Having 100s of Labour activists and supporters turning up to see and hear Jeremy Corbyn is great but is he inspiring swing voters to come out and listen to him? Not really. I’ll say this and I think this will sum up the situation extremely clearly, the country made their decision on Nick Clegg big time in May and that is their right but if he had stood in a leadership contest this time around he could still have won again because a lot of people respected him for what he did, I think Tim would still have won but it wouldn’t have been a fait accompli.

The members of a political party shouldn’t think about themselves but think about the country and the party. That is why I voted Tim over Norman in our leadership contest because I knew Tim held the key to advancing Liberal beliefs. Jeremy Corbyn can advance many things and he could solidify the core vote but can he branch out to those who aren’t the core vote? That I doubt, that I doubt very much and if he believes the railways are a burning issue then I think it is clear he isn’t ready to lead either his party or his country because it is so insignificant in the grand scheme of things.

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Written by neilmonnery

August 10th, 2015 at 11:25 am

Posted in Politics

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On why sometimes being a Lib Dem makes me lose sleep…

without comments

Last night folks I was ticking. Not tickling, which would’ve probably been a lot of fun but ticking. I’ve been ticking on a certain subject for quite a while but last night it exploded and I was still awake at 3 and possibly even 4 this morning seething. What could be making me so mad? Well it is the air of arrogance that some members of the party have and how instead of engaging in debate, they prefer to make a pithy comment in an attempt to show their moral superiority. I’m sure all parties have these people but as a member of this one, I see these more and they are so cocksure of themselves that anyone even attempting to engage in debate needs to be swatted away in a dismissive style.

The story that brought it out last night was one from last year that people only noticed yesterday and the hand wringing was in full flow. The story was that Alison McInnes MSP wasn’t selected at number one in the North East Regional list for the Scottish Parliament. This showed that the Lib Dems were still anti-women, deep down sexist and morally wrong according to a number of people. I don’t know Alison nor Mike Rumbles, who got the top spot, but the issue wasn’t about them as candidates to some people, it was solely about gender and the fact the members who selected the candidates position on the lists got it wrong.

For writing this blog post I’ve just gone back to the thread that really charcoaled my Chilean Sea Bass (does that work?) and it got a tonne worse after I ducked out. This is the comment that first got me rumbling:

I don’t believe anyone accused individual members as being sexist, but sexist outcomes are sexist outcomes.

So this member put the result down as a result of sexism. Now in isolation this is essentially saying that any time a man beats a women in a selection then it is a sexist result. Surely no-one can actually believe that? I mean if that is the case then they are saying that any woman is superior to any man because any woman would be a better candidate than any man in any scenario. That is what people are saying if they actually believe that.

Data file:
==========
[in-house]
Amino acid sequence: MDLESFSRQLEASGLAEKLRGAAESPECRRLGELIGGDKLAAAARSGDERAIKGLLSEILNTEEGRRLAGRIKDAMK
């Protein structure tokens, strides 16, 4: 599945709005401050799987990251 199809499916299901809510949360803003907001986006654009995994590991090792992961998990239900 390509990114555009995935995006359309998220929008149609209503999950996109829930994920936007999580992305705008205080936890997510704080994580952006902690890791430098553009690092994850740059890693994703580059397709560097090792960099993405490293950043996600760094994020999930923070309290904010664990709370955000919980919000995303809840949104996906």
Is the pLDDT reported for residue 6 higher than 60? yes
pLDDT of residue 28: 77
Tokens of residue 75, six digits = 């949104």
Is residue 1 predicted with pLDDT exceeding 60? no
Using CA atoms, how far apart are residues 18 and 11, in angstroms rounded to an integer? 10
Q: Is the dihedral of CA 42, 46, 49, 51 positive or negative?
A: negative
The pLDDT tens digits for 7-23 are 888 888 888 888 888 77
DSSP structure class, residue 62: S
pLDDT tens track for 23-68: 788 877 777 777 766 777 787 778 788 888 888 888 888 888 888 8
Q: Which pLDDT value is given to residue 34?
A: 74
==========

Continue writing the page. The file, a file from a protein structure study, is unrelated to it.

At this point I have no doubt that people reading this will be thinking, ‘oh that is such bullshit, that isn’t what they are saying, they are saying that Alison is better than Mike and anyone who disagrees is sexist’ but that thought process alone suggests that selecting candidates is a black and white process and one selection is right and one is wrong. As I said earlier, I have no idea of the credentials of either candidates in this case but the members who do have more of a knowledge will have a better insight and maybe they are best placed to select who they think the best candidate is rather than someone 100s of miles away and only sees the sex of the candidates as a determining factor.

So I waded into the thread. I won’t c&p the full comment as you need to read the whole thread for full context but I essentially said that if members in that particular area weren’t mature enough to pick the right person then you’d expect that those members are just as mature as the rest of the membership ergo none of us are mature enough to make the right selection so who should make every selection? I suggested Tim Farron but then questioned what some people would say if he picked the wrong person according to some people, it didn’t need to be a majority of dissenters because as we’ve seen the majority can get things wrong as seen by Rumbles > McInnes in the regional lists.

The response I got:

The big irony about the comment above is the historically it is *women* who got dismissed for being hysterical.

Boom. Man talk about lowering the boom and not engaging in the actual point. This is the type of person that blows my mind. Instead of engaging in debate they instead have an opinion and anyone who points out the issues in their opinion or indeed has a different opinion needs to be dismissed as being inferior (or indeed in my case hysterical). Why would I take such a thought from the above, well later in the thread after I’d ducked out the same person speaking to someone else said: